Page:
Home networking has reached the “early majority” phase in its growth as a market, thanks in part to broadband growth in the U.S., as well as the need to share files and printers, according to a report released by Cahner’s In-Stat.
The Arizona-based research company fielded the comments of 500 “average advanced users” at HomeNetHelp.com for their opinions on home networking and their plans to incorporate Internet gateways, routers and wireless access points.
“You can see a correlation between the number of broadband users out there and the number of home networks,” said Mike Wolf, In-Stat director of enterprise and residential services. “The price for gateways has dropped in the past year, also, down to $50, which makes it easier for people to buy one.”
Another factor in the decision to set up a network in the house is the relative ease in setup. Gone are the days when you need a Microsoft Certified Systems Engineer (MCSE) to connect a PC, laptop and printer together. According to the survey, 95 percent installed the router themselves, learning to connect the points using instruction manuals, books and Internet research.
Ethernet is still the network connection of choice, with equipment manufacturer Linksys the brand of choice with consumers.
No longer the domain of uber-geeks with a penchant to network everything in the house to one intranet, more and more “common” users are setting up a home network, or are thinking about setting one up at home.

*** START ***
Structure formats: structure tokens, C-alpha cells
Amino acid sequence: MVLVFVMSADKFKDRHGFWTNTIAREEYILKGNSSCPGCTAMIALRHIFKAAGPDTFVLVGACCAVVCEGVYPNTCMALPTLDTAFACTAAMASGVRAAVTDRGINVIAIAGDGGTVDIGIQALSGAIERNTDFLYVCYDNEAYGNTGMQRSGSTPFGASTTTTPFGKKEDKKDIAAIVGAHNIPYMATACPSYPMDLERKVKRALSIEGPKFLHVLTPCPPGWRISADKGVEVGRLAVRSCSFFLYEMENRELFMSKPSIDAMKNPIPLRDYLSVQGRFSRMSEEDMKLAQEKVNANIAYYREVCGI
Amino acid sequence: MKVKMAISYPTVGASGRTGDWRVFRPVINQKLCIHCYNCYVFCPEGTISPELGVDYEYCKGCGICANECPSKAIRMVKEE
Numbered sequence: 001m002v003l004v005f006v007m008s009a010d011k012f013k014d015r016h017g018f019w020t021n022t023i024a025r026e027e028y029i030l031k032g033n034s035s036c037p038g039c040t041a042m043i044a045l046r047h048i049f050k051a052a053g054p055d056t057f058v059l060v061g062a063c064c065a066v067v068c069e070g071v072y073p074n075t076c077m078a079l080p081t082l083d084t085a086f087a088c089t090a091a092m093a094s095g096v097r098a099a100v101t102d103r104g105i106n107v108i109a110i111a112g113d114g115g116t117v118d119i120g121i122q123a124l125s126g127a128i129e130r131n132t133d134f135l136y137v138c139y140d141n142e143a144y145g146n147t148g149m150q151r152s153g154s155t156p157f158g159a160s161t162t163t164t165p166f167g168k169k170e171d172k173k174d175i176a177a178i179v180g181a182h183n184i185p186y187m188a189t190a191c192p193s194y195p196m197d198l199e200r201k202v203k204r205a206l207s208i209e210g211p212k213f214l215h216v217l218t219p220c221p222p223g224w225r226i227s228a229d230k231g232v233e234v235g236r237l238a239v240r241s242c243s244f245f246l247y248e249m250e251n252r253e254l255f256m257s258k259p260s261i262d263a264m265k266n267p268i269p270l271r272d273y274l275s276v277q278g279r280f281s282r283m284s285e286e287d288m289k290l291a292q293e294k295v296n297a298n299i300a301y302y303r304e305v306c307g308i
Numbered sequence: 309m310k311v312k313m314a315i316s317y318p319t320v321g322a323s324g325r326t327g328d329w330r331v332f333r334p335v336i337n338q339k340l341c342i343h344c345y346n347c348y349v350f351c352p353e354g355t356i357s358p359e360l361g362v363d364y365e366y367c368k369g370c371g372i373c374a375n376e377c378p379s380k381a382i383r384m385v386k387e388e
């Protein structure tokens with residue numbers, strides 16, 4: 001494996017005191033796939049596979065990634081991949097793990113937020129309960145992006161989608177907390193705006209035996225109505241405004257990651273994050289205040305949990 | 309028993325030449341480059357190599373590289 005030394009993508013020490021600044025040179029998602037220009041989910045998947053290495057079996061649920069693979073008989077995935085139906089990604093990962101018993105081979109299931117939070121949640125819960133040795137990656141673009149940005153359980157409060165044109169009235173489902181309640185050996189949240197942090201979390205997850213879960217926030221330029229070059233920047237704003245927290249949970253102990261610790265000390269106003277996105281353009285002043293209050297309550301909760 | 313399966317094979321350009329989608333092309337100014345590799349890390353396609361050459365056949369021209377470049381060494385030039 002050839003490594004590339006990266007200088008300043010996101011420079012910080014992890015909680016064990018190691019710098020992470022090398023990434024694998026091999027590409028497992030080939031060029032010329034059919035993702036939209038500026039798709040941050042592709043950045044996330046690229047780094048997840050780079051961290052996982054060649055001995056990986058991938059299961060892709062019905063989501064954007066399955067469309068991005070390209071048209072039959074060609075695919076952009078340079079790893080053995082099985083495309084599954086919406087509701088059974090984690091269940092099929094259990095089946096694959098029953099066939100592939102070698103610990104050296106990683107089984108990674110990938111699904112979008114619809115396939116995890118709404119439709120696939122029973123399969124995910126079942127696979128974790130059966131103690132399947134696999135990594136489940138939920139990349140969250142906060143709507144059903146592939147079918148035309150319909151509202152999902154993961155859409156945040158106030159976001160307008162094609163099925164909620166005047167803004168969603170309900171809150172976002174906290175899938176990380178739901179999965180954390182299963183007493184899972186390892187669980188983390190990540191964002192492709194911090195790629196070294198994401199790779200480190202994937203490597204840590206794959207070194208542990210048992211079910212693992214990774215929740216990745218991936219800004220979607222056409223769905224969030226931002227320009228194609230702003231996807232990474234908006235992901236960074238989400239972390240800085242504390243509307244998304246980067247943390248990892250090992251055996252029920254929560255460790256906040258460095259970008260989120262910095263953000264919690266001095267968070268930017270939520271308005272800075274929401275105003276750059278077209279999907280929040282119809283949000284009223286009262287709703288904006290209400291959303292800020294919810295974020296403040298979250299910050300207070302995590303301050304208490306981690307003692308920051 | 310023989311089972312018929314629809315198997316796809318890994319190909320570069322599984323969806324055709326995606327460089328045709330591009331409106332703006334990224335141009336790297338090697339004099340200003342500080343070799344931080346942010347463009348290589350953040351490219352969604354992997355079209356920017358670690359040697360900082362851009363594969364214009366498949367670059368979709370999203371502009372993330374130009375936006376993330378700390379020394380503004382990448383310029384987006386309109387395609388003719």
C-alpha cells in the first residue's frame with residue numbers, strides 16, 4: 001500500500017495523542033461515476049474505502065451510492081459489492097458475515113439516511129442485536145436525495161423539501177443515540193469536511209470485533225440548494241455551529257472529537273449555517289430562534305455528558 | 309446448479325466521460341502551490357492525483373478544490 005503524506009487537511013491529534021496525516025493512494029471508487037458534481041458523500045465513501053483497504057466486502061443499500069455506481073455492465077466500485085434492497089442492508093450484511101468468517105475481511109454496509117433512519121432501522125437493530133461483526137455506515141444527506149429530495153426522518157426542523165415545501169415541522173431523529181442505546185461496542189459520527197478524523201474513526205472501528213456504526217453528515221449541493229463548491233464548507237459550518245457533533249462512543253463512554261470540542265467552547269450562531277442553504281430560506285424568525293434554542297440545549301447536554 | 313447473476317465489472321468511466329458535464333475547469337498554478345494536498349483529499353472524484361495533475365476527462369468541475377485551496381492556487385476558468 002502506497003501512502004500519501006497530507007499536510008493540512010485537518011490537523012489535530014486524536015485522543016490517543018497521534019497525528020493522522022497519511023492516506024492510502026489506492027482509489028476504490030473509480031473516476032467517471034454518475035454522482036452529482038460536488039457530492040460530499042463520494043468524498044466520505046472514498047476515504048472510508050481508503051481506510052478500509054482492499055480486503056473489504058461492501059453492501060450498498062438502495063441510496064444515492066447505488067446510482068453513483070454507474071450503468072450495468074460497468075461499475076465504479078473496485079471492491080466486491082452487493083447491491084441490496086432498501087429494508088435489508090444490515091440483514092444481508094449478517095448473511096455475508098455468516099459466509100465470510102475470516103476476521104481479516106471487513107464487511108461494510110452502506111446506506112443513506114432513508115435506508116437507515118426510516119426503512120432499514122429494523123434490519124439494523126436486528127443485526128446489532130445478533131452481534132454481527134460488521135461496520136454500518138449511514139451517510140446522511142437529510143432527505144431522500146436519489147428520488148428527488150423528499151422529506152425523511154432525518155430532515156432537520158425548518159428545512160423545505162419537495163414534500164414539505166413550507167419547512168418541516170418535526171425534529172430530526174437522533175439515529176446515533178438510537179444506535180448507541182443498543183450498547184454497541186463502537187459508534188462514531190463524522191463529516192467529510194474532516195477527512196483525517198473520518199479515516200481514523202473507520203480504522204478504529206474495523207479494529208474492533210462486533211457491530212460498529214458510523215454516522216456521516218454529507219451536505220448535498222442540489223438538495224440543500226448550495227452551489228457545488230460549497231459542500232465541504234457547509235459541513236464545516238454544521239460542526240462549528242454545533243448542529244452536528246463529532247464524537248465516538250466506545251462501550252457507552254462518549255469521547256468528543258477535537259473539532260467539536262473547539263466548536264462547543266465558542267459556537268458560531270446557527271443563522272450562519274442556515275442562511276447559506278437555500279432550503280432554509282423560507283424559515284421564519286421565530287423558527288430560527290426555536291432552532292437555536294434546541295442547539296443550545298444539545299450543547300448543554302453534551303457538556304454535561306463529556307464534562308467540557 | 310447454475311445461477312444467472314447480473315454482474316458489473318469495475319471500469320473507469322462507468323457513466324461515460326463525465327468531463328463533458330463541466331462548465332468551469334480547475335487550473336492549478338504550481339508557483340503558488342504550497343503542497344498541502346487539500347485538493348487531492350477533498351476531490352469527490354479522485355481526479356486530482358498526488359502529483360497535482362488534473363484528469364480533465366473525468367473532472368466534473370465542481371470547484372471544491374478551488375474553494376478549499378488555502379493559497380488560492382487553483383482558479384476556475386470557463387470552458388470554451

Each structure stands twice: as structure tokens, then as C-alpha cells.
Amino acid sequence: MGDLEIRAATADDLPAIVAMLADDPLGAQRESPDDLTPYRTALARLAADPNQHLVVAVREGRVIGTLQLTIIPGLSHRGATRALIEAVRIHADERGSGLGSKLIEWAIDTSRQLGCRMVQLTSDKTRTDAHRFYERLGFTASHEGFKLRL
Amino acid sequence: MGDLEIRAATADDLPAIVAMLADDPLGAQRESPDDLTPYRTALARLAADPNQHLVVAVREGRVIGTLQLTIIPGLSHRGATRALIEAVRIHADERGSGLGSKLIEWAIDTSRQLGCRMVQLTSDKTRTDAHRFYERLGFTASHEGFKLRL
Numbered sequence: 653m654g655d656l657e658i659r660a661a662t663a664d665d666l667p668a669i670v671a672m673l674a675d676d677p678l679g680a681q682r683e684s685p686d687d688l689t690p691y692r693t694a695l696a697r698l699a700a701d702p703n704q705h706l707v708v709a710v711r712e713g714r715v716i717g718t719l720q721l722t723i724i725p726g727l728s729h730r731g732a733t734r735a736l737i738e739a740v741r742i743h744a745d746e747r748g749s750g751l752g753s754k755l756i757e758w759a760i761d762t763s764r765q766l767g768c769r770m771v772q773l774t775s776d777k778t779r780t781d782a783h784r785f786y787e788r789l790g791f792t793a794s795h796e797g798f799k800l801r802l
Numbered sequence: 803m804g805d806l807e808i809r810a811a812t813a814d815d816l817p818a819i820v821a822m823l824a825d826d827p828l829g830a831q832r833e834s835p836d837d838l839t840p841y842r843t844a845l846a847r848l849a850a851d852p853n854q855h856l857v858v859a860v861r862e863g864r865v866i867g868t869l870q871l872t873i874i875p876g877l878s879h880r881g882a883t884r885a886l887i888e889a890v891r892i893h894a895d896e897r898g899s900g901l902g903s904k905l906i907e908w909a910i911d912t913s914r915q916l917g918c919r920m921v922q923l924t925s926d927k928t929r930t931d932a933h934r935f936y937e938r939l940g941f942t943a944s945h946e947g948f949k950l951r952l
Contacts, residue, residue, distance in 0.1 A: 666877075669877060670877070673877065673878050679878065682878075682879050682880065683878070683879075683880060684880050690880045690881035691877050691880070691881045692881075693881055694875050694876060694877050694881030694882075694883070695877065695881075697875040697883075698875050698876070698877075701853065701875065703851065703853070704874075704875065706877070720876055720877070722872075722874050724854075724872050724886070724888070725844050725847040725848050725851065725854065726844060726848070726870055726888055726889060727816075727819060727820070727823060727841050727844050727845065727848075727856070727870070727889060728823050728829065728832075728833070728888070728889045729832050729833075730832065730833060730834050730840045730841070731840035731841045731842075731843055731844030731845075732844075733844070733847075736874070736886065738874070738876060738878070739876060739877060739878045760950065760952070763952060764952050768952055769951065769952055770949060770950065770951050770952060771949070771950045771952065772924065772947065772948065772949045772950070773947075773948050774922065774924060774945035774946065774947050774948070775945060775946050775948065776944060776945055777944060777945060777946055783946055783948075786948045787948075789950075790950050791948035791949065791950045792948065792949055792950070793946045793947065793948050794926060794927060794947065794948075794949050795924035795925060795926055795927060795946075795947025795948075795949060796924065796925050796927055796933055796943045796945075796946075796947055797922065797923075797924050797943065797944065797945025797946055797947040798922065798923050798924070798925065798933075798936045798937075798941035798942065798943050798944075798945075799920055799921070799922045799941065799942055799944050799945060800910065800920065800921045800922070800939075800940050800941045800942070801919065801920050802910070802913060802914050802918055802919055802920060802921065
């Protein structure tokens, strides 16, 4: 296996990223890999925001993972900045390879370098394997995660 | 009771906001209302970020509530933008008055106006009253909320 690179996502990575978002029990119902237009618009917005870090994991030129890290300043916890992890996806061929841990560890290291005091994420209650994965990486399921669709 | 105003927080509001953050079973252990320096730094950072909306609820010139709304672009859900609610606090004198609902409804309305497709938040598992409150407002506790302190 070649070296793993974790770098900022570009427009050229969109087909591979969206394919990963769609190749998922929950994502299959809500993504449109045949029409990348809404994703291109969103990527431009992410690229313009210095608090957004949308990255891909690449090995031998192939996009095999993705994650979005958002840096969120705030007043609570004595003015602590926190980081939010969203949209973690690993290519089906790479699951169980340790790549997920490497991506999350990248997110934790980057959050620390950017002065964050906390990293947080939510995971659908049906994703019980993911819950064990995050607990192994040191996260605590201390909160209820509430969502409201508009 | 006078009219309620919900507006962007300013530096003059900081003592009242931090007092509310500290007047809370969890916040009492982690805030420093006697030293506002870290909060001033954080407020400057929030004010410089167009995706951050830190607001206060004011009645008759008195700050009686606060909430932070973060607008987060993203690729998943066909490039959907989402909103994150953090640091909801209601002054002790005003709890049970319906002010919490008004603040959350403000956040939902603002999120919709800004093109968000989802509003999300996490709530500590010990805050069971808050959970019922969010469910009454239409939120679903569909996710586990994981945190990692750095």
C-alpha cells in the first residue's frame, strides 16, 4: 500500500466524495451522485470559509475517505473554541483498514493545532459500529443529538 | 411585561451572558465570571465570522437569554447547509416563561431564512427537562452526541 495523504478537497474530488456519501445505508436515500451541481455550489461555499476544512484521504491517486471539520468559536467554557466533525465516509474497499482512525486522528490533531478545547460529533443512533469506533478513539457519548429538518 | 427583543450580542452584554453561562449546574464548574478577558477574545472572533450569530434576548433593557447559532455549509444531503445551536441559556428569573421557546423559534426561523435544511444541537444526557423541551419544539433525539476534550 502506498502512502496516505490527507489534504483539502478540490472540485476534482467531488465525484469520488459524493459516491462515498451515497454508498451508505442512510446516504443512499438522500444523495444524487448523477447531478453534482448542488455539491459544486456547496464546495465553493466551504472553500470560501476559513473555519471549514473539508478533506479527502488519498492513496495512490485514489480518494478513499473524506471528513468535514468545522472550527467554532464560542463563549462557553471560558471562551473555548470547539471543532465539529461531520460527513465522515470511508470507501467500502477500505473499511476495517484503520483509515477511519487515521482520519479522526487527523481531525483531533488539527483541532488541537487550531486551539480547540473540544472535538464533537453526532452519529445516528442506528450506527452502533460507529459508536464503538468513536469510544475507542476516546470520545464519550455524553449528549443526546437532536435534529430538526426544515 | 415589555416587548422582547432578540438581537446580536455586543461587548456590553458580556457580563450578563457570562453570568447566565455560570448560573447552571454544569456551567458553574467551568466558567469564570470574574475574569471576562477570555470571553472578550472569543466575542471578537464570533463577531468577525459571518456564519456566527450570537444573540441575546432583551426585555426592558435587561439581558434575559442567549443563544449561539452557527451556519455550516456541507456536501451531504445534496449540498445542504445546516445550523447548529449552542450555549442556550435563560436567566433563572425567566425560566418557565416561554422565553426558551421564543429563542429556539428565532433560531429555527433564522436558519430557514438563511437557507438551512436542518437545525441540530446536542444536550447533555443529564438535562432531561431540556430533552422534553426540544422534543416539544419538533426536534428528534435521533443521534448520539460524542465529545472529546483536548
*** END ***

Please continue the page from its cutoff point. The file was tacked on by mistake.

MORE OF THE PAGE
In the survey, 45 percent that didn’t already have a router set up at home plan on buying one within the next three months, while another 45 percent said they would within the next year.
“You’re starting to see this convergence that gets people away from a PC-centric environment,” Wolf said. “As in every technology, the first generation almost always fails, the second generation starts to get things right. You’ll see more and more people go from home networking (in itself) to the (broadband) line as an entertainment network.”
He’s talking about the vendor-inspired hype surrounding “Internet devices to the home” started at the turn of the century. One of the most famous, Audrey, was a 3Com product that quickly, quietly went nowhere.
“The idea of Internet devices in the home has been pretty faddish,” Wolf said. “In the case of Audrey, 3Com wasn’t making any money in the consumer market, and had to get out of it anyways, but part of the problem was almost across the board the prices were too high. Why buy a $1,000 device when you can buy a $700 computer?”
In related research, Parks Associates finds that almost one-fifth of all U.S. households will have a home computer networking solution by 2006, and many of these data-centric networks will be wireless.
Parks cites the flexibility of wireless networks, which use free spectrum in the 2.4 GHz and 5 GHz frequencies, as contributing to their growing appeal, and as this technology becomes more affordable, the total number of wireless nodes for data-centric home networks in the U.S. will grow from more than two million at the end of 2002 to nearly 20 million by the end of 2006.
“The rapid deployment of wireless networks in the enterprise and residential sectors has reduced the end-user cost for residential consumers to the point that these solutions have become very affordable in a very short time span,” said Kurt Scherf, vice president of research for Parks Associates. “The need for flexibility in networks has increased as consumers use more mobile devices such as laptop computers and thus seek more options to expand the work areas in their homes. We’re also seeing increased deployment of wireless access points, routers, and residential gateways, which will also spur radio frequency (RF) [define] networking at home.”
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